Solving the engine blow-by problem.
This article reviews the causes and remedies of engine blow-by. Some of the service tips individuals and mechanics are using to limit blow-by are taken from web page links at the bottom of the article.
Solving the engine blow-by problem. What is blow-by?
Blow-by refers to excessive combustion and fuel vapors that have slipped pass the engines pistons. Its nasty, cooking hot vapors then mix with the engine oils in a negative way.
In years pass auto makers vented blow-by via a vent tube into the air. Vented to the air, blow-by harms and pollutes the air, causes breathing problems in the young, harms vegetation, and poisons water in lakes and rivers.
In many cases, blow-by and exhaust fumes both mixed with upper layers of atmosphere. There, a more harmful chemical reaction called smog, occurs. This happens when sunlight passes through it. Smog, a stronger poison conversion of blow-by further deepens the harmful aggravation to life and living things. Blow-by is not good!
With worldwide pressures and laws, car makers were forced to do something to stop or control blow-by, and limit harmful exhaust. It does so with anti-smog making systems for motors. We call these “emission controls” – and all engines now have them.
Normally, in a good engine, with clean internal conditions in the cylinder and combustion area of the motor, clean conditions limit combustions blow-by escape pass the pistons. What does escape is recycled back into the combustion for reuse. 25,000 fuel and combustion services keep the system clean.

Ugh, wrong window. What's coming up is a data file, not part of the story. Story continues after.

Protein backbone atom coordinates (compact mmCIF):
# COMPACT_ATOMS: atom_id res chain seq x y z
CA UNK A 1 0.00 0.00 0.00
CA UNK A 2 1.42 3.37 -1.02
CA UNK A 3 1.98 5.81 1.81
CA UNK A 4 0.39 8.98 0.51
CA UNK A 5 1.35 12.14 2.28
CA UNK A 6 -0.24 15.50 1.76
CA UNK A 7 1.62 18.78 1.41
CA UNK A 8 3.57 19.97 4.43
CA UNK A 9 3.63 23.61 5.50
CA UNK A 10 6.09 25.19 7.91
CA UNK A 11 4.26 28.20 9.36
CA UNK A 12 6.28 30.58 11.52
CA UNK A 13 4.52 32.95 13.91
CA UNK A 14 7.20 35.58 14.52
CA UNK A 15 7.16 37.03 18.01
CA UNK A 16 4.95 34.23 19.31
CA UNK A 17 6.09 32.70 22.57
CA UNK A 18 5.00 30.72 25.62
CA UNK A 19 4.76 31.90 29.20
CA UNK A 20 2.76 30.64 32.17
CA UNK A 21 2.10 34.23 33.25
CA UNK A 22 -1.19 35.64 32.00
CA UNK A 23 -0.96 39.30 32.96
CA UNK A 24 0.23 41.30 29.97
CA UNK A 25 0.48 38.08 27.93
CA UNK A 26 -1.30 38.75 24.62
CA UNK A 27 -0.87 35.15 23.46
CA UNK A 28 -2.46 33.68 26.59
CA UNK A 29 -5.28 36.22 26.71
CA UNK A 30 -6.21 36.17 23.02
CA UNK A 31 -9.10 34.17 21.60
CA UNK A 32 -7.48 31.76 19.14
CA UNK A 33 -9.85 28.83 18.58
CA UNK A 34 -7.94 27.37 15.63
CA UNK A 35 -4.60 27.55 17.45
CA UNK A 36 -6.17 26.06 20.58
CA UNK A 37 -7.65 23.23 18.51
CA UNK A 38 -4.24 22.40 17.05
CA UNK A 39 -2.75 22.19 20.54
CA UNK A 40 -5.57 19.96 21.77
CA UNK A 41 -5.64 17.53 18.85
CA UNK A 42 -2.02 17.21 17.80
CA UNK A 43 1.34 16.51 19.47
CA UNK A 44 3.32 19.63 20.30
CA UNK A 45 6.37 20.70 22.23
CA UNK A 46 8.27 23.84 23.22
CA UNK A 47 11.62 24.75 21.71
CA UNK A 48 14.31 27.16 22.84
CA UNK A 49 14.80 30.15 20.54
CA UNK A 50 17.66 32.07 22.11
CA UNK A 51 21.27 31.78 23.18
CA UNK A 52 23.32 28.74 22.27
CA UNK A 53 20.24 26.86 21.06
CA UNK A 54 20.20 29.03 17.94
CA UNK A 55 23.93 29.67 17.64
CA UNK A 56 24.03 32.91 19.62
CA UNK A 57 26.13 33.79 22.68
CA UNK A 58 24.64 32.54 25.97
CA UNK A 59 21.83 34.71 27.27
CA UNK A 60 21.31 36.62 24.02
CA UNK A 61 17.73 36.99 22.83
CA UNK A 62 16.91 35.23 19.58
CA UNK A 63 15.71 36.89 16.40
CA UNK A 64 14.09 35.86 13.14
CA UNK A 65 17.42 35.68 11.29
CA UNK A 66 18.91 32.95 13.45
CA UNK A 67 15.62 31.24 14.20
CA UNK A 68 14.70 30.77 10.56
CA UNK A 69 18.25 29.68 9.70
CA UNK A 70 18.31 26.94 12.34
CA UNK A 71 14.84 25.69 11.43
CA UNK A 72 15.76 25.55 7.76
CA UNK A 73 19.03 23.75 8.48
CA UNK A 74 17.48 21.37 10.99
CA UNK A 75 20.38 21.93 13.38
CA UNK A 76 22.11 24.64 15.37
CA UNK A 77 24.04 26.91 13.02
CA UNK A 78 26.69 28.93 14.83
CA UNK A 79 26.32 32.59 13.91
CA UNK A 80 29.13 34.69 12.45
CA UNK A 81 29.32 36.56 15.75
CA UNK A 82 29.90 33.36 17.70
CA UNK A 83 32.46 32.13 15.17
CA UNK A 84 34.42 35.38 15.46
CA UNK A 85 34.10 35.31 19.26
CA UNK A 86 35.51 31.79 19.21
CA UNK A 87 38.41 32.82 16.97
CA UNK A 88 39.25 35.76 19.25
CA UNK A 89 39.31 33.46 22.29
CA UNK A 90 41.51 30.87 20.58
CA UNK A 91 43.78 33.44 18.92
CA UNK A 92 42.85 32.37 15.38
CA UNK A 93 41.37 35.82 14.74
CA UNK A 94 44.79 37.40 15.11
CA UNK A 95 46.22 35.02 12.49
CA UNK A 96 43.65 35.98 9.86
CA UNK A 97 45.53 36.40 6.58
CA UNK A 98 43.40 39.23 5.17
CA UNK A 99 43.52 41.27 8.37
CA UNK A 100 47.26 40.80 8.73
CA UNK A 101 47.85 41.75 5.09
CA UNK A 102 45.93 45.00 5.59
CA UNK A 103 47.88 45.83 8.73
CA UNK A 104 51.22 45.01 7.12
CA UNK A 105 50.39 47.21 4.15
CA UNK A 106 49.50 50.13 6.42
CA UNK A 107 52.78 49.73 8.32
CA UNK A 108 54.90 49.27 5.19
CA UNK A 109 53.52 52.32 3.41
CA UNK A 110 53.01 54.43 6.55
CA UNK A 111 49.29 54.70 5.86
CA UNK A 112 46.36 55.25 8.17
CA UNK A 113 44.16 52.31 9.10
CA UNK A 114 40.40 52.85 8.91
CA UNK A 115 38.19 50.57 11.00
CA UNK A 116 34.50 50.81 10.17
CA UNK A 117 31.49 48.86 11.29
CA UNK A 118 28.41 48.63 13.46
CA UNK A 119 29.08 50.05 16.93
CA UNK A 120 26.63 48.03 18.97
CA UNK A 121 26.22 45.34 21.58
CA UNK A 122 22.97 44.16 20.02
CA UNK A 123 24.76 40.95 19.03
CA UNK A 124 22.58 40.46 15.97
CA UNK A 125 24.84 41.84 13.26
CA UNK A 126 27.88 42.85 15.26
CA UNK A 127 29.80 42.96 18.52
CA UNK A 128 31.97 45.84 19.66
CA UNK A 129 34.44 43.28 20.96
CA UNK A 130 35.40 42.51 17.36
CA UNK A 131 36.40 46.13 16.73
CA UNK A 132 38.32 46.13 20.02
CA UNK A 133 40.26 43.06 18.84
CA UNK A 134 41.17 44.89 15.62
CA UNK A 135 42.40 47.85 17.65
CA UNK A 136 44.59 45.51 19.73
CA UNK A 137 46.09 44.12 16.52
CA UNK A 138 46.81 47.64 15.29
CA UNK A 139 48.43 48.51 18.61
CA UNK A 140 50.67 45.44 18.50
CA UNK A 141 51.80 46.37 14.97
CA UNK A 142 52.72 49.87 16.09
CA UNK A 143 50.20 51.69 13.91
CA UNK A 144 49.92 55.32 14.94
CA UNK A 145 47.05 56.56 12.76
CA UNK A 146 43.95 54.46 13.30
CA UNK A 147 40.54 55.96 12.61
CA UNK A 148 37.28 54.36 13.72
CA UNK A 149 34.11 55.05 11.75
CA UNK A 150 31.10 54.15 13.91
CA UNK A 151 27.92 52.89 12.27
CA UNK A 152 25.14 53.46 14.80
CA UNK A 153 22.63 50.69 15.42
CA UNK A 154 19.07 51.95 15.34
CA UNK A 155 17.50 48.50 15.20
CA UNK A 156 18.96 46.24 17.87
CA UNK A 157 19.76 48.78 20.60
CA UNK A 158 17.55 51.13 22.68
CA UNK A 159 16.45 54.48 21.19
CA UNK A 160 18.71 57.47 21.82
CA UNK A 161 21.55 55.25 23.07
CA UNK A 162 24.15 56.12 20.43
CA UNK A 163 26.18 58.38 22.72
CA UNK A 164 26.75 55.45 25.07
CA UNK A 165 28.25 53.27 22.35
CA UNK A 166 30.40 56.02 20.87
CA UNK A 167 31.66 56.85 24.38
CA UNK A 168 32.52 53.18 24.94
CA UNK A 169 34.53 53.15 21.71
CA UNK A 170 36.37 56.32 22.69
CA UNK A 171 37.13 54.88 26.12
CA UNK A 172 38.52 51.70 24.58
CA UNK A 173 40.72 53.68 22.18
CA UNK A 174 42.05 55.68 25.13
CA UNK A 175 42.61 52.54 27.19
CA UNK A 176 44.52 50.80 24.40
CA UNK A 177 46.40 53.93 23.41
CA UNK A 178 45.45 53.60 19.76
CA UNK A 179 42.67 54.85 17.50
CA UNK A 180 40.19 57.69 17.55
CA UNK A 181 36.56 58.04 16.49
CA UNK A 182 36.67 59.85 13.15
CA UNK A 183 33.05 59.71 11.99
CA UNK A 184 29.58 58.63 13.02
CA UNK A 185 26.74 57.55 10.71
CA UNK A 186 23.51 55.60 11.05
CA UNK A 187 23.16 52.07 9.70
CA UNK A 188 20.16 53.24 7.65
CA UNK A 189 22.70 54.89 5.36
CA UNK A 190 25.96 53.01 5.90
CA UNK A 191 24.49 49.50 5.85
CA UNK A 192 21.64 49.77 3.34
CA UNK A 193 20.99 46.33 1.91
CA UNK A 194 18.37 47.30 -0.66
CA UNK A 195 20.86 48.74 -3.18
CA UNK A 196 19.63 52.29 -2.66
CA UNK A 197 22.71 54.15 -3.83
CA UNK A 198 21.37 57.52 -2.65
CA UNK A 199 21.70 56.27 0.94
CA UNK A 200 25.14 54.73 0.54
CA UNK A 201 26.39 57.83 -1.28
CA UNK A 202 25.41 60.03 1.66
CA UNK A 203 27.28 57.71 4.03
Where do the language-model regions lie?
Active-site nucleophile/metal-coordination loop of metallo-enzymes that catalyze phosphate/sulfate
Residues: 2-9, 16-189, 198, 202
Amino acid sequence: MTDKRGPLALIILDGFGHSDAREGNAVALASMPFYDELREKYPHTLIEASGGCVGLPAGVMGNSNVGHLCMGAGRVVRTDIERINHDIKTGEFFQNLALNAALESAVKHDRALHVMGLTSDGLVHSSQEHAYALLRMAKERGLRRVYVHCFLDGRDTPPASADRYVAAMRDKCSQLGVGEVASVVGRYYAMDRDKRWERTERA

Most engines require a “smog service” every 25,000 miles for a normal long life. Some brands of smog service additives also end the blow-by problem. We use those brands. At links given below.
Since the blow-by term refers to excessive amounts of blow-by pressure in the crankcase – it means, resources to properly remove blow-by are over taxed.
When it’s your engine problem – here’s how to handle its solution.
Blow-by can originate from 3 causes:
- Worn or sticky piston rings, or valve guides. Their wear gaps.
- A plugged up crankcase recirculating system. Can be stopped up.
- Leaking O-rings or gaskets in the pressure side of a supercharger.
- For problem one, it’s time for a new engine. [$4000 up]. However, additive treatments are available to return blow-by to normal, and gain years more good life from the engine. All at a fraction of new engine expense.
- For problem two. The engine crankcase ventilation system is not sucking out combustion blow-by. Not sending it to be re-burnt in the combustion cycle again. This can be from a dirty PCV Valve [under $25 replacement cost], or plugged up system orifice. Its usually a mechanic who will stick a wire into the orifice, and or spray carb cleaner into the orifice to open and restore its suction of crankcase blow-by fumes.
- For problem three. A mechanic skilled in the supercharger system will find the troublesome gasket or o-ring, replace them, and verify leakage of pressurized air into the motor has stopped. Ending that cause of blow-by.
In my shop, and in my training classes for mechanics, I demo usage of several additives to clean the blow-by PCV system. These include the Mega Power Brand Emission System Service Treatment Additives. Their product contain the ingredient power needed to clean sticky piston rings – ending that blow-by cause.
Such a service can now be performed by anyone wanting to end the problem themselves. See links below. Doing so, select product with dual, engine tune up, injector, and combustion, piston ring cleaning values. Look also for cleaners and polymers to free piston rings, and fill engine worn spaces – all aids correcting the blow-by problem.